4.17
The contact centre is open 24 hours a day, seven days a week. Although Housing New Zealand recently reported that 84% of calls were answered within four minutes (when the target was 80%), waiting times at certain hours were much longer.

4.18
Figures 5 and 6 show the maximum waiting times when calling about a maintenance issue. The percentage of calls that are abandoned is also higher at the times when there is more likely to be a longer wait. Tenancy managers report that people are frequently frustrated when calling the contact centre because of long waiting times.

4.19
Housing New Zealand is looking to improve its responsiveness, including making it easier for tenants to make contact. It is looking to bring in a phone app for tenants that will initially allow tenants to respond to text messages. Housing New Zealand has also initiated a call-back option for contact centre calls, which is increasingly being taken up.

Figure 5
Maximum contact centre waiting times for maintenance issue calls, by hour of the day, 2016/17

Source: Based on Housing New Zealand Corporation's data.

Figure 6
Maximum contact centre waiting times for maintenance issue calls, by day of the week, 2016/17

Source: Based on Housing New Zealand Corporation's data.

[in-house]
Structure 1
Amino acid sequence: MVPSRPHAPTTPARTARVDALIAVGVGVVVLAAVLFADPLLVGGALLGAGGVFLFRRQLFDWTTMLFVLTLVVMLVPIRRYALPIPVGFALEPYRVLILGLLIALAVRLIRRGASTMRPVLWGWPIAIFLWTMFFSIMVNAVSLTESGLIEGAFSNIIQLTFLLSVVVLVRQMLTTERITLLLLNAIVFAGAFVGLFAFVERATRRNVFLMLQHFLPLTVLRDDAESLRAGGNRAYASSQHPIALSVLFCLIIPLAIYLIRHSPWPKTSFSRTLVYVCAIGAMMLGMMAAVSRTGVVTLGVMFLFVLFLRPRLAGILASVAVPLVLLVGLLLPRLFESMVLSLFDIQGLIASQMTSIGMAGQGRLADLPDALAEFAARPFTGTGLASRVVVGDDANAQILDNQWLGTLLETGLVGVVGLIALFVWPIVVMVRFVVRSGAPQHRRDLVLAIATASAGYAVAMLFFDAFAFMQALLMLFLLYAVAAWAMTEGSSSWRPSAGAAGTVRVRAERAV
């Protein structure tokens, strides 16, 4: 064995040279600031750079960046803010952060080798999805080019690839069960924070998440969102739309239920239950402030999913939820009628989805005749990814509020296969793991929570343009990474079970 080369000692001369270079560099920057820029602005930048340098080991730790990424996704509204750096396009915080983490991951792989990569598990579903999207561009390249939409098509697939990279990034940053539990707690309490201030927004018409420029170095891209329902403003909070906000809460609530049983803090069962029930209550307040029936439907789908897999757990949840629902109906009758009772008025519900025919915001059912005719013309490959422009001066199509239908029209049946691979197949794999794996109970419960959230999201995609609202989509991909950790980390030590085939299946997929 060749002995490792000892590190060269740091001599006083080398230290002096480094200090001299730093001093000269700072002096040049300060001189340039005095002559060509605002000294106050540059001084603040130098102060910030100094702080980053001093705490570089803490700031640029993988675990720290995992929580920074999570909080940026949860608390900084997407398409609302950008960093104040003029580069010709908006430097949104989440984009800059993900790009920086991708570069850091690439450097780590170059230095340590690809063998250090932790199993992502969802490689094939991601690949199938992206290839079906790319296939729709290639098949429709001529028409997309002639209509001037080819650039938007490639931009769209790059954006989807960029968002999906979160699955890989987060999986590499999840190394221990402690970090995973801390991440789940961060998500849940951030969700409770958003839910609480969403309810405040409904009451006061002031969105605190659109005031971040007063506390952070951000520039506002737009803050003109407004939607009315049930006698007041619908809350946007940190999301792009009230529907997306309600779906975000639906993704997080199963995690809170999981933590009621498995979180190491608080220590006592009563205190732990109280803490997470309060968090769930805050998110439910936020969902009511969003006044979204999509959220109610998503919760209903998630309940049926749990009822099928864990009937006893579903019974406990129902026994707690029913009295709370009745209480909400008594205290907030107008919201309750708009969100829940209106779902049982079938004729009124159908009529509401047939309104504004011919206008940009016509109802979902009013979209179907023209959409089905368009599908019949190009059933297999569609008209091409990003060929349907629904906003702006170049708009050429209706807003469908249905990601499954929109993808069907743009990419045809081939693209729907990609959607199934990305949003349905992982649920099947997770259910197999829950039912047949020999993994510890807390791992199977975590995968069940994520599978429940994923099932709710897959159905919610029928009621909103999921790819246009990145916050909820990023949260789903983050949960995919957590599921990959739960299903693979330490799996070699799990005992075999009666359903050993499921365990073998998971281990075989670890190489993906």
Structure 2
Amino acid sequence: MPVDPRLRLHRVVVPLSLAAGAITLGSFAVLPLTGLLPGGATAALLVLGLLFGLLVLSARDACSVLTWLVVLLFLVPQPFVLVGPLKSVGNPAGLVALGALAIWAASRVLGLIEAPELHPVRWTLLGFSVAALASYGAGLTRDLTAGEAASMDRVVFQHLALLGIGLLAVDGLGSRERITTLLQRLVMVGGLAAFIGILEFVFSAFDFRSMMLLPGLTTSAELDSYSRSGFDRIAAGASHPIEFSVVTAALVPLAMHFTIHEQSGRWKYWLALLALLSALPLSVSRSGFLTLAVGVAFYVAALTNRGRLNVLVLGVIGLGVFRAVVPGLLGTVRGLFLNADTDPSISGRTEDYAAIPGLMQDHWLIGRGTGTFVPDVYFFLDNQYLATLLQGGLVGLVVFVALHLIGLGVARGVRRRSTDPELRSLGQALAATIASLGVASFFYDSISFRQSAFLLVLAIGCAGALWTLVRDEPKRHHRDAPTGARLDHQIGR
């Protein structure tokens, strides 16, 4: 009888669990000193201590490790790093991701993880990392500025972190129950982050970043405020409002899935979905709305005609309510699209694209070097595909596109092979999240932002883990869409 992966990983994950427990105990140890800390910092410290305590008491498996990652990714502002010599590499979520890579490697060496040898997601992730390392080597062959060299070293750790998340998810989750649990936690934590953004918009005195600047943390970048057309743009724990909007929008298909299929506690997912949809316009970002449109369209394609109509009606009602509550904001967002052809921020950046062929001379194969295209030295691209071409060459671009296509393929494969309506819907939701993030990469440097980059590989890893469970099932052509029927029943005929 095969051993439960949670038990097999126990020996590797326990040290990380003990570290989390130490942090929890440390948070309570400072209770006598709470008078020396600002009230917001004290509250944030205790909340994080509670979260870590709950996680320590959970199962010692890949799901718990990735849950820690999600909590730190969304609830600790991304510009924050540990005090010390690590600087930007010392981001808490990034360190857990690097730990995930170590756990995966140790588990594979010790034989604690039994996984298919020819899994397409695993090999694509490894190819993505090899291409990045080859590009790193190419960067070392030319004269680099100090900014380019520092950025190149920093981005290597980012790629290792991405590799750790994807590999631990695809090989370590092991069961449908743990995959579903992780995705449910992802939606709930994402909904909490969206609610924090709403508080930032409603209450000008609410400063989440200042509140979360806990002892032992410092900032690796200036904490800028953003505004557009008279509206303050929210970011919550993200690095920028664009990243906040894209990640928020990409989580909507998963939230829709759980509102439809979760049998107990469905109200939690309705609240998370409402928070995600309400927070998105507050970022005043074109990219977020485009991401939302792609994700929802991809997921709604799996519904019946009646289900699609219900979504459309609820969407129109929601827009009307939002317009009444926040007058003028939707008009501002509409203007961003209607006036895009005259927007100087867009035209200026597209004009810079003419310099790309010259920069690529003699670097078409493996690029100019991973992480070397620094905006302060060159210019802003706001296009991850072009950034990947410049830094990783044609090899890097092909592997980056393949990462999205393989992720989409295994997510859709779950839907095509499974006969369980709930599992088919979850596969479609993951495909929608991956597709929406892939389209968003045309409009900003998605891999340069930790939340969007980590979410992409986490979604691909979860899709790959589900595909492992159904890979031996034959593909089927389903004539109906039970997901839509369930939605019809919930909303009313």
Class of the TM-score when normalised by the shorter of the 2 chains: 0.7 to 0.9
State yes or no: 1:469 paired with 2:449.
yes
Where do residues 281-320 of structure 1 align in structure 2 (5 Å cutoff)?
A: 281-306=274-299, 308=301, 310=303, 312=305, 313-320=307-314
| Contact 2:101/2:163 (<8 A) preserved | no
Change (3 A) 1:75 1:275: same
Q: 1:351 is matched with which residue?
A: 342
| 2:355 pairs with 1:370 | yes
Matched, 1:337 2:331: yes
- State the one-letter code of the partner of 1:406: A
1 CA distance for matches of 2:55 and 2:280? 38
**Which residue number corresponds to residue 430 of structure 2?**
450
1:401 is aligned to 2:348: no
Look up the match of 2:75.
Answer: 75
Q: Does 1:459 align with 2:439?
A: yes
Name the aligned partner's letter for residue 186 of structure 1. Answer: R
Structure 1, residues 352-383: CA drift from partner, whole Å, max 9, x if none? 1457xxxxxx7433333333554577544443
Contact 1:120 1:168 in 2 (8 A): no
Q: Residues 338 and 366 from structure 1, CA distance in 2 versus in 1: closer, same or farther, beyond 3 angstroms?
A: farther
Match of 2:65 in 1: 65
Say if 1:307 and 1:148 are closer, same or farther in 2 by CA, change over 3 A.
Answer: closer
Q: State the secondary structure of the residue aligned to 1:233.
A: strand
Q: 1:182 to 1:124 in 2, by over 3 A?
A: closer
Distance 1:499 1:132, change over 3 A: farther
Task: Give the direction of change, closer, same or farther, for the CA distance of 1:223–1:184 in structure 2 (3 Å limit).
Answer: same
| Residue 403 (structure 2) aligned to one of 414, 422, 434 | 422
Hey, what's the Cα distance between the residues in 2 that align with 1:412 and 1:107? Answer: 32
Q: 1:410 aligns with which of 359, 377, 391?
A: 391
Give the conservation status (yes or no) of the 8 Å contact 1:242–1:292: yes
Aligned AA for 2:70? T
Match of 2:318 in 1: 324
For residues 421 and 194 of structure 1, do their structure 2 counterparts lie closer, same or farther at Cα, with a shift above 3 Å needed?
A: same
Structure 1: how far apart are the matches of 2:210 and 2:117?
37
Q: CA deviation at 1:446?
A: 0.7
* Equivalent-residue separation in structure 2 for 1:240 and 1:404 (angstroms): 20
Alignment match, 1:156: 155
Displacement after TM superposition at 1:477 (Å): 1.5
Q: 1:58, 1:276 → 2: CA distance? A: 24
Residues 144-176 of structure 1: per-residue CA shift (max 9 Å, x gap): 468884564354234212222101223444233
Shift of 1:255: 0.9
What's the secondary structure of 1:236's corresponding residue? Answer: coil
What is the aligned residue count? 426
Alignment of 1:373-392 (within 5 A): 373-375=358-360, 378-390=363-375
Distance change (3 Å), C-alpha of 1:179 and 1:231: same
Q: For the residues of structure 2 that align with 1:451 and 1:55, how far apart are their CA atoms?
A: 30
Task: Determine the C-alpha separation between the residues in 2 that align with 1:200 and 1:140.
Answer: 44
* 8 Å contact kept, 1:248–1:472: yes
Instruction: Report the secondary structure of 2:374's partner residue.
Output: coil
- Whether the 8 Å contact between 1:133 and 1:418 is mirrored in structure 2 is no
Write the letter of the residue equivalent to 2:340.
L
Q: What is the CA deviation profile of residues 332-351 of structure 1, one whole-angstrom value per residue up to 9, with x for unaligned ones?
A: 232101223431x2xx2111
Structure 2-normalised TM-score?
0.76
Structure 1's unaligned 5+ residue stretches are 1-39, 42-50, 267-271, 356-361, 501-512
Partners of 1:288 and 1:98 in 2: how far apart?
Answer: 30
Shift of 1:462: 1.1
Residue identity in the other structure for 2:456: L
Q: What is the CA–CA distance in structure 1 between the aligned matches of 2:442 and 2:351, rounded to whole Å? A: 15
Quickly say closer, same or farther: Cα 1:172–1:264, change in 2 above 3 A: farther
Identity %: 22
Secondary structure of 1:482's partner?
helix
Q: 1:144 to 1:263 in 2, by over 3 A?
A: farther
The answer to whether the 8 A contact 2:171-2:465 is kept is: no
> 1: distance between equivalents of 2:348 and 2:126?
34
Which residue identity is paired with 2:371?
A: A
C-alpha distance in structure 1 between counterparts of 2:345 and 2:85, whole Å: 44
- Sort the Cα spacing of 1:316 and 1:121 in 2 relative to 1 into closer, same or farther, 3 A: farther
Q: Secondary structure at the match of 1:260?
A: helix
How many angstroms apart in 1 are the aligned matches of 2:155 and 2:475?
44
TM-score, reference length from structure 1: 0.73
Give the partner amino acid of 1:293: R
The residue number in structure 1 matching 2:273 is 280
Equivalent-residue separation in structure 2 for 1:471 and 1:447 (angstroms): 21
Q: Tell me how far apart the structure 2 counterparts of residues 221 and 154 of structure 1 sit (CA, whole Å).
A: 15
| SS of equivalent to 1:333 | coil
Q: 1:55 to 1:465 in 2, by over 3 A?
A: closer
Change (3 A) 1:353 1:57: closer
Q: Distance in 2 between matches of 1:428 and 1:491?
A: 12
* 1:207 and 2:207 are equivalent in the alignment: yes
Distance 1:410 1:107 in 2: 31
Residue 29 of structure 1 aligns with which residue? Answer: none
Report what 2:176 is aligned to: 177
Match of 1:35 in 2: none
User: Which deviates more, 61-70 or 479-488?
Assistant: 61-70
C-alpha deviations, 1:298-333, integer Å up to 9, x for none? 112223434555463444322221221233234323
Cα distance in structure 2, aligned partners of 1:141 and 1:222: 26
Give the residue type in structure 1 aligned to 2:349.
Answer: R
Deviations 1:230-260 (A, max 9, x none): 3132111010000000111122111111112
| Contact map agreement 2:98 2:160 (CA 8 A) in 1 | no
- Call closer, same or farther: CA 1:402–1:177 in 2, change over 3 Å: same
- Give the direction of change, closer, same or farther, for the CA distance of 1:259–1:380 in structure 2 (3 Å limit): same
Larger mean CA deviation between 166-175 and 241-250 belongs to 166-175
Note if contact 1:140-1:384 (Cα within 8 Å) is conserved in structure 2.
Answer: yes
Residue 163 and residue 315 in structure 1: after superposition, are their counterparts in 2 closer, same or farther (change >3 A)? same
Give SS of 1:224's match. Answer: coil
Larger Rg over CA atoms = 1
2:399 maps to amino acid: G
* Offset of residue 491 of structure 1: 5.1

Using customer feedback information more effectively

4.20
Housing New Zealand has a complaints process, which includes a process for escalating issues. It also runs regular surveys of customer satisfaction and of call centre and tenancy relocation satisfaction.

4.21
However, there are issues with how this information is collected. For example:

  • Not all complaints data is recorded.
  • There is no consistent process for how complaints should be managed.
  • Customer satisfaction data is limited in its ability to show trends over time, apart from at the highest levels.
  • The contact centre survey data cannot be currently tracked back to individuals to follow up on issues and is based on small sample sizes with a low response rate.

4.22
Housing New Zealand could improve how it uses its complaints, satisfaction, and survey information. For example, Housing New Zealand could collate customer satisfaction information from throughout the organisation to make improvements and focus satisfaction measures on outcomes for tenants. If Housing New Zealand used this information well, it would improve its services.

Initiatives to improve the quality of services for social housing tenants

4.23